With the rumblings from Amazon about the early success of its new Kindle Fire over the holiday season, the company’s disappointing fourth quarter results came as a surprise.
More surprising was Amazon’s silence regarding total Kindle Fire sales for the quarter. During the earnings call, Amazon’s executive team deferred questions about the device to the press release, which simply regurgitated sales data from December.
The Kindle Fire, which is Amazon’s 7-inch Android-based tablet device, did phenomenally well during its initial launch in November. The company reported selling at least 3 million Kindle readers (including the Fire and Amazon’s other e-ink readers) three weeks after the launch — or about a million devices per week over the 2011 holiday shopping season.
Some analysts have estimated that Amazon sold about 6 million Kindle Fires for the quarter, which would make the company the second largest seller of tablet computing devices. Those estimates, if true, would also make the Kindle Fire the best-selling Android-based tablet in the world — beating high-profile tablets from Samsung and Motorola. (For some perspective, even the most optimistic Kindle Fire sales estimates are nowhere near industry leader Apple’s iPad 2, which sold 15.4 million units in its fiscal first quarter.)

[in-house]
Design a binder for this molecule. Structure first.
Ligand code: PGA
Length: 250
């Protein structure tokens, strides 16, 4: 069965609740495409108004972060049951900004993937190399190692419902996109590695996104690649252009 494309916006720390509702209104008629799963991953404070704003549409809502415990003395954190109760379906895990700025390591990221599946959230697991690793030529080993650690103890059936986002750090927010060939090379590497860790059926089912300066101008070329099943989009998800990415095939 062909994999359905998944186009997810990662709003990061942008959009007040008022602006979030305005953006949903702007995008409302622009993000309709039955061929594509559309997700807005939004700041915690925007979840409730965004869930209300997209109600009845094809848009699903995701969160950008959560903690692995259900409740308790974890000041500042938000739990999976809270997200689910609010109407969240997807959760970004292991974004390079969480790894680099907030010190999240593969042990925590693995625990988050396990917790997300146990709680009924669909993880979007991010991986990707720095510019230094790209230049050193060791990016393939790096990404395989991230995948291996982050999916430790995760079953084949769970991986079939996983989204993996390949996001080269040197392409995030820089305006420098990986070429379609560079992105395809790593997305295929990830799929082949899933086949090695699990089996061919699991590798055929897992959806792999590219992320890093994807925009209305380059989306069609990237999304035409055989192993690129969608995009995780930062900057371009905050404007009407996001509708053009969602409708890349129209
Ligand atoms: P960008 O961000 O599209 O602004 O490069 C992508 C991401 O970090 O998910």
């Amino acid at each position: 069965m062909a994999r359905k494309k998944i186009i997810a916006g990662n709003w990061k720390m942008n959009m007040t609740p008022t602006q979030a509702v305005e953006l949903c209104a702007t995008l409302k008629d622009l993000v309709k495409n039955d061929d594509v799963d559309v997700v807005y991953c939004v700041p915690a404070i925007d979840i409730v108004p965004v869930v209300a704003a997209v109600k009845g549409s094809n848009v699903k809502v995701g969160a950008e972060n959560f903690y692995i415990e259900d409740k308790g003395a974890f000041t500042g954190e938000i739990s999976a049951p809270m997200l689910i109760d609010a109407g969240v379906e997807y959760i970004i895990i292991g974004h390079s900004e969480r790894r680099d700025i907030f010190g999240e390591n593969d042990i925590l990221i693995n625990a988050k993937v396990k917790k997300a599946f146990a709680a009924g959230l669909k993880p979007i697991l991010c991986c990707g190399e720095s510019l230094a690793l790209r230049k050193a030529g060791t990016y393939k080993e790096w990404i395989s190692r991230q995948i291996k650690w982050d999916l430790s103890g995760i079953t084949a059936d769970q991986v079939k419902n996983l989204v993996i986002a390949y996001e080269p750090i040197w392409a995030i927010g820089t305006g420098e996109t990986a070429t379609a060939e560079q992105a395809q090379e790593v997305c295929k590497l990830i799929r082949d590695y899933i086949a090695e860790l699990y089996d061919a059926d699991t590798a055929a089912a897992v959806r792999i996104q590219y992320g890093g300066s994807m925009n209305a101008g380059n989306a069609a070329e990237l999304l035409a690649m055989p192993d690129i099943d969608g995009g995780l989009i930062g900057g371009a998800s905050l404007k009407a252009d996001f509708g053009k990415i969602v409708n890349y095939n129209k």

While the Kindle Fire’s initial spike in sales could be attributed to its relatively low $200 price and the proximity of its launch to the largest shopping “holiday” of the year, it’s possible that Amazon saw a sharp decline in the following weeks. Essentially, that means Amazon may not have sold as many devices as it projected, which would explain the company’s silence during the earnings call.
Another explanation for why Amazon didn’t mention Kindle Fire sales in its quarterly earnings report could have something to do with digital media sales. Unlike Apple and Samsung, Amazon is selling the Kindle Fire at a loss and making the money back on digital media sales and application purchases. Some analysts estimate that the company is making at least $136 in additional revenue from every customer who bought a Kindle Fire. If digital media sales are down for the quarter, it could reflect poorly on the Kindle Fire’s success.
Still, Amazon is definitely serious about growing its presence in digital media sales — and not just by offering premium content from the biggest media companies. Last month, Amazon started a $6 million annual fund to encourage more independent authors to publish their works on Kindle before other platforms. The company is also hiring new employees to work on its digital media strategy.
VB's research team is studying web-personalization... Chime in here, and we’ll share the results.